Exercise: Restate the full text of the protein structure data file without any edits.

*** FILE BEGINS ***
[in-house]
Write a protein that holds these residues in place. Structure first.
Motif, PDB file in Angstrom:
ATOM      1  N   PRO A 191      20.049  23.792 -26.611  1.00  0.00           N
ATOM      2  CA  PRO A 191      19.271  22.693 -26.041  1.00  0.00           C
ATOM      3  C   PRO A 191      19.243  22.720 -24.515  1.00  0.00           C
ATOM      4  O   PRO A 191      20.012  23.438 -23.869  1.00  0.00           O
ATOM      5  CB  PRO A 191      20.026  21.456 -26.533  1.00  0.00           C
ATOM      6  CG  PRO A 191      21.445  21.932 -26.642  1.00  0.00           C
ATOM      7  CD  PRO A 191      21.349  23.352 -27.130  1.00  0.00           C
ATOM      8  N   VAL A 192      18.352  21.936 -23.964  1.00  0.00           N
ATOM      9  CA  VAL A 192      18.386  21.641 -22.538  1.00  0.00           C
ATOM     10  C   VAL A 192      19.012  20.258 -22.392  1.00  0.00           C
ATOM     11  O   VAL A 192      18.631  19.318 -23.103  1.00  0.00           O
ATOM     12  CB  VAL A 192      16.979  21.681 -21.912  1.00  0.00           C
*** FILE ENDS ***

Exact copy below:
[in-house]
Write a protein that holds these residues in place. Structure first.
Motif, PDB file in Angstrom:
ATOM      1  N   PRO A 191      20.049  23.792 -26.611  1.00  0.00           N
ATOM      2  CA  PRO A 191      19.271  22.693 -26.041  1.00  0.00           C
ATOM      3  C   PRO A 191      19.243  22.720 -24.515  1.00  0.00           C
ATOM      4  O   PRO A 191      20.012  23.438 -23.869  1.00  0.00           O
ATOM      5  CB  PRO A 191      20.026  21.456 -26.533  1.00  0.00           C
ATOM      6  CG  PRO A 191      21.445  21.932 -26.642  1.00  0.00           C
ATOM      7  CD  PRO A 191      21.349  23.352 -27.130  1.00  0.00           C
ATOM      8  N   VAL A 192      18.352  21.936 -23.964  1.00  0.00           N
ATOM      9  CA  VAL A 192      18.386  21.641 -22.538  1.00  0.00           C
ATOM     10  C   VAL A 192      19.012  20.258 -22.392  1.00  0.00           C
ATOM     11  O   VAL A 192      18.631  19.318 -23.103  1.00  0.00           O
ATOM     12  CB  VAL A 192      16.979  21.681 -21.912  1.00  0.00           C